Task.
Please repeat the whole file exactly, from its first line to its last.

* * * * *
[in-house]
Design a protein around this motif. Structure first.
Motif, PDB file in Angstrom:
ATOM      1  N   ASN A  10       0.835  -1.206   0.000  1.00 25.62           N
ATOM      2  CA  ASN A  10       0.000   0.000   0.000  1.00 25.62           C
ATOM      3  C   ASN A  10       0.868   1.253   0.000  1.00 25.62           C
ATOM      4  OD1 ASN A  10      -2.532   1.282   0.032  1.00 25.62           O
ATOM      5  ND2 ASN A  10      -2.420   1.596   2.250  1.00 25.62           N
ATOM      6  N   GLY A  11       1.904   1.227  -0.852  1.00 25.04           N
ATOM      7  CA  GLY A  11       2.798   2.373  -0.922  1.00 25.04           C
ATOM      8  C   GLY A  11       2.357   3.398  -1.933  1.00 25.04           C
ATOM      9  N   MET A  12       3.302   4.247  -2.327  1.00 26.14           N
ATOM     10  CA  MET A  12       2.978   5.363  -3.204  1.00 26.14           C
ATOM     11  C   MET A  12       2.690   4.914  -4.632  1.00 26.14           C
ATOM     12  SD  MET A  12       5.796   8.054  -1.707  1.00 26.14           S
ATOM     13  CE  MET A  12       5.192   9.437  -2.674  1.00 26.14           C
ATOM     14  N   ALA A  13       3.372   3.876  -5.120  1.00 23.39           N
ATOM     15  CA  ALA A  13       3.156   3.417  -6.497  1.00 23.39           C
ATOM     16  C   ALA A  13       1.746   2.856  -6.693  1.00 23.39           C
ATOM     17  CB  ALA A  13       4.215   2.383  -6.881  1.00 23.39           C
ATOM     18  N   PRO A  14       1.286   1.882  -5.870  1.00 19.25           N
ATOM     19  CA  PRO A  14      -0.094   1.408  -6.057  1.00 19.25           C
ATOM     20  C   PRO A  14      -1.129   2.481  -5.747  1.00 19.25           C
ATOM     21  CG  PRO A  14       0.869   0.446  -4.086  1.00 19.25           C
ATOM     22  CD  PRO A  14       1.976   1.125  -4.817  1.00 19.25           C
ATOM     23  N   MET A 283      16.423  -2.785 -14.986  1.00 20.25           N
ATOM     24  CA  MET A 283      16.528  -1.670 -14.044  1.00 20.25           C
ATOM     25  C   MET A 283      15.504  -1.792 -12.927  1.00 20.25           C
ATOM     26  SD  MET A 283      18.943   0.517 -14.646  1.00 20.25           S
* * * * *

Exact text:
[in-house]
Design a protein around this motif. Structure first.
Motif, PDB file in Angstrom:
ATOM      1  N   ASN A  10       0.835  -1.206   0.000  1.00 25.62           N
ATOM      2  CA  ASN A  10       0.000   0.000   0.000  1.00 25.62           C
ATOM      3  C   ASN A  10       0.868   1.253   0.000  1.00 25.62           C
ATOM      4  OD1 ASN A  10      -2.532   1.282   0.032  1.00 25.62           O
ATOM      5  ND2 ASN A  10      -2.420   1.596   2.250  1.00 25.62           N
ATOM      6  N   GLY A  11       1.904   1.227  -0.852  1.00 25.04           N
ATOM      7  CA  GLY A  11       2.798   2.373  -0.922  1.00 25.04           C
ATOM      8  C   GLY A  11       2.357   3.398  -1.933  1.00 25.04           C
ATOM      9  N   MET A  12       3.302   4.247  -2.327  1.00 26.14           N
ATOM     10  CA  MET A  12       2.978   5.363  -3.204  1.00 26.14           C
ATOM     11  C   MET A  12       2.690   4.914  -4.632  1.00 26.14           C
ATOM     12  SD  MET A  12       5.796   8.054  -1.707  1.00 26.14           S
ATOM     13  CE  MET A  12       5.192   9.437  -2.674  1.00 26.14           C
ATOM     14  N   ALA A  13       3.372   3.876  -5.120  1.00 23.39           N
ATOM     15  CA  ALA A  13       3.156   3.417  -6.497  1.00 23.39           C
ATOM     16  C   ALA A  13       1.746   2.856  -6.693  1.00 23.39           C
ATOM     17  CB  ALA A  13       4.215   2.383  -6.881  1.00 23.39           C
ATOM     18  N   PRO A  14       1.286   1.882  -5.870  1.00 19.25           N
ATOM     19  CA  PRO A  14      -0.094   1.408  -6.057  1.00 19.25           C
ATOM     20  C   PRO A  14      -1.129   2.481  -5.747  1.00 19.25           C
ATOM     21  CG  PRO A  14       0.869   0.446  -4.086  1.00 19.25           C
ATOM     22  CD  PRO A  14       1.976   1.125  -4.817  1.00 19.25           C
ATOM     23  N   MET A 283      16.423  -2.785 -14.986  1.00 20.25           N
ATOM     24  CA  MET A 283      16.528  -1.670 -14.044  1.00 20.25           C
ATOM     25  C   MET A 283      15.504  -1.792 -12.927  1.00 20.25           C
ATOM     26  SD  MET A 283      18.943   0.517 -14.646  1.00 20.25           S